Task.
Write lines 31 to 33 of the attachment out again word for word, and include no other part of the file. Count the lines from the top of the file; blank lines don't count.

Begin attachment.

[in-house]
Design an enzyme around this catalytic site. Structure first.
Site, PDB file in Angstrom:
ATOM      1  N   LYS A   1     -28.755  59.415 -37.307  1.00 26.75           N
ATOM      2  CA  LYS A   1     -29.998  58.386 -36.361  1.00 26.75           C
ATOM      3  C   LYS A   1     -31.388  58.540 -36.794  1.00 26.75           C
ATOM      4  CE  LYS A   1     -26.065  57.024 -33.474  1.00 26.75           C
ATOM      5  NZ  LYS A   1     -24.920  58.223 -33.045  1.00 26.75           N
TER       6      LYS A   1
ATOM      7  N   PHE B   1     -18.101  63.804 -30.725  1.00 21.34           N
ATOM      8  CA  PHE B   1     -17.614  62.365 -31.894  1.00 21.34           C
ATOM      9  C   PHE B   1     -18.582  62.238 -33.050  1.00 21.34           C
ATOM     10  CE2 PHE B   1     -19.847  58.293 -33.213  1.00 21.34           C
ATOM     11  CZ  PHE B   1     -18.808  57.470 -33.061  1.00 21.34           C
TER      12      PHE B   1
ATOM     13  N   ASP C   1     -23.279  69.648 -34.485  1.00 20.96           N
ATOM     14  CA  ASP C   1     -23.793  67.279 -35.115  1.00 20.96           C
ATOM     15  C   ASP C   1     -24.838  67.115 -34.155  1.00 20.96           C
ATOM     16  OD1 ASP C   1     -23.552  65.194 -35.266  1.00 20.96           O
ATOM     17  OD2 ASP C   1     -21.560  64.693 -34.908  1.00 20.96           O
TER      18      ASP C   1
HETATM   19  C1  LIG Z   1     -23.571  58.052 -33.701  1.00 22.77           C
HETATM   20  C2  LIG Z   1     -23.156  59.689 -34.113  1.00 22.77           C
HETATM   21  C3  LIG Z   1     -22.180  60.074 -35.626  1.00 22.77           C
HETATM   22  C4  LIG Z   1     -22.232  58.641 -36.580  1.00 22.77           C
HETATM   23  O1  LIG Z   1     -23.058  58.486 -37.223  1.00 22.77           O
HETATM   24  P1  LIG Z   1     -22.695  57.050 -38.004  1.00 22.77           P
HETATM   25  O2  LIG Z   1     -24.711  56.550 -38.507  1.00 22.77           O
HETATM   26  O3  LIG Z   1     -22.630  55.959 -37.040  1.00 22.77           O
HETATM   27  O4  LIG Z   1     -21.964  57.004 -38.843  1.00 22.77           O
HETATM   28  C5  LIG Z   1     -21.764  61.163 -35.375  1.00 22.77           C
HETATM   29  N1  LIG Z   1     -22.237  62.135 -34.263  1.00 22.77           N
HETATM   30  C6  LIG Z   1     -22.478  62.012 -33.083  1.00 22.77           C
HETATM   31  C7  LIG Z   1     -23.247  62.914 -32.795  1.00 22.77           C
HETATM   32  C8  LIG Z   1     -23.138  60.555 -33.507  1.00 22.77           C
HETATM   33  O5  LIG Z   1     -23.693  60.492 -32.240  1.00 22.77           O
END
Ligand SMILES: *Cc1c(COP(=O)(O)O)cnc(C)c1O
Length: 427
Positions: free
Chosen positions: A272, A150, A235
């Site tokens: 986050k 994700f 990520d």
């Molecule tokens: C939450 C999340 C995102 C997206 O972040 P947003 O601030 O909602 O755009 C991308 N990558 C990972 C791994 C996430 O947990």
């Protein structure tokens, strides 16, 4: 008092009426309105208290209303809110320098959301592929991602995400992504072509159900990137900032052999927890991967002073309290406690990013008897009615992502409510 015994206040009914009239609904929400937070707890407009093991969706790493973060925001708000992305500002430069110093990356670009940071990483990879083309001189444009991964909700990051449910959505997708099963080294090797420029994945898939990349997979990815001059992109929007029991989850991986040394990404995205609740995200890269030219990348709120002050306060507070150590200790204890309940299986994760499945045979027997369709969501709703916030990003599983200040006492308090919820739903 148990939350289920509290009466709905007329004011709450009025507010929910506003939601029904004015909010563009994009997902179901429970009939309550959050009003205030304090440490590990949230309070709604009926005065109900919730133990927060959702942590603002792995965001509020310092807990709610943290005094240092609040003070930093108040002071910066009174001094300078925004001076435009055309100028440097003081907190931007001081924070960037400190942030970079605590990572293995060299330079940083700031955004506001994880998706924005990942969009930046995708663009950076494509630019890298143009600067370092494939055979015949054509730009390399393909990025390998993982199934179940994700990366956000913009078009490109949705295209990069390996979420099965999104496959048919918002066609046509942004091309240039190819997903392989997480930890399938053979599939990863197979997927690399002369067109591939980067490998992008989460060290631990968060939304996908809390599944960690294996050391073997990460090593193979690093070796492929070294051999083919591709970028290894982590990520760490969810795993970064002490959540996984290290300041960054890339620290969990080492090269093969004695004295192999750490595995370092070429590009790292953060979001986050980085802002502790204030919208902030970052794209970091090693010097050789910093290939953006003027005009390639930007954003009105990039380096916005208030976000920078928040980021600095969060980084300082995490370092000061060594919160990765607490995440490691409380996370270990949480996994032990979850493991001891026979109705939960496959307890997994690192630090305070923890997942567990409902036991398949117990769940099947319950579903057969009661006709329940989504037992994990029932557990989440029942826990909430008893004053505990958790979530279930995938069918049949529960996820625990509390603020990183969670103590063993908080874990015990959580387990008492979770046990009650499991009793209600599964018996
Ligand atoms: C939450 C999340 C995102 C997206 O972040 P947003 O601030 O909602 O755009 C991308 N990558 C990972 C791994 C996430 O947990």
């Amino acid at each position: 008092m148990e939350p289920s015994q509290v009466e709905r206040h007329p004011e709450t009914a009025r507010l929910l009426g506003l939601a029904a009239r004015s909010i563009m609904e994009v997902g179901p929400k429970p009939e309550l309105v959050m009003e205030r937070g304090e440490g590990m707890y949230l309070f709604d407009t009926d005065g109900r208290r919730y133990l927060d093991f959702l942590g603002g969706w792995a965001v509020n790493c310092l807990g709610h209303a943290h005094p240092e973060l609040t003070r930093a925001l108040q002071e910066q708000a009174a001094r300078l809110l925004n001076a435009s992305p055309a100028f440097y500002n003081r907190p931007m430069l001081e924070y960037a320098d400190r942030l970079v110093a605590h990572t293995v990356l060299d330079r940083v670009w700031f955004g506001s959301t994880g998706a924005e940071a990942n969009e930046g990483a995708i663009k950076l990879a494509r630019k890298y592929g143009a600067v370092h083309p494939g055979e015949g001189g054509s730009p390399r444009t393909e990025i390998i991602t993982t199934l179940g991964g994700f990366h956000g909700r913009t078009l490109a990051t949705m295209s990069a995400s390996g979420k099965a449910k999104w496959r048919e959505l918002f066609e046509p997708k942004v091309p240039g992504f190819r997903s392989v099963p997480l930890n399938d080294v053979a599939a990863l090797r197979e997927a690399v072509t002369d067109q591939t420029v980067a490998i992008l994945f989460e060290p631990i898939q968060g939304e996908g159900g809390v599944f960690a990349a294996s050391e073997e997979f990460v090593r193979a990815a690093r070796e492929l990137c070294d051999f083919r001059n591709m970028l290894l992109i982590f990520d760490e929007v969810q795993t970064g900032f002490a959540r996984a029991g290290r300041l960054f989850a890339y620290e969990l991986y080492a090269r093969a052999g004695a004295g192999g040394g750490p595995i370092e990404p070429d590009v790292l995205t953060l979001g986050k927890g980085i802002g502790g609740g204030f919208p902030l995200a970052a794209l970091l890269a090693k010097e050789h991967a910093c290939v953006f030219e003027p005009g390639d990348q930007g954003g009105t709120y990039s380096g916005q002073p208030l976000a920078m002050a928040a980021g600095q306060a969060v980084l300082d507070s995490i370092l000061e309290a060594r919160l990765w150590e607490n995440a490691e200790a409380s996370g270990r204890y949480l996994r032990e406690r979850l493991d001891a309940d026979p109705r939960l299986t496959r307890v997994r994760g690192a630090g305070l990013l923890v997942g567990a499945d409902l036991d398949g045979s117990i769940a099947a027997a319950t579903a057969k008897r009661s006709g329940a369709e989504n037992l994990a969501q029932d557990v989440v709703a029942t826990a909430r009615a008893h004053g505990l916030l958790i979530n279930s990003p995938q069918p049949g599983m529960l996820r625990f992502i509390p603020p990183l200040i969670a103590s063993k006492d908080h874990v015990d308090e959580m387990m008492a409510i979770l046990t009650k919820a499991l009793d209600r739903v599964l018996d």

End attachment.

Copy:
HETATM   28  C5  LIG Z   1     -21.764  61.163 -35.375  1.00 22.77           C
HETATM   29  N1  LIG Z   1     -22.237  62.135 -34.263  1.00 22.77           N
HETATM   30  C6  LIG Z   1     -22.478  62.012 -33.083  1.00 22.77           C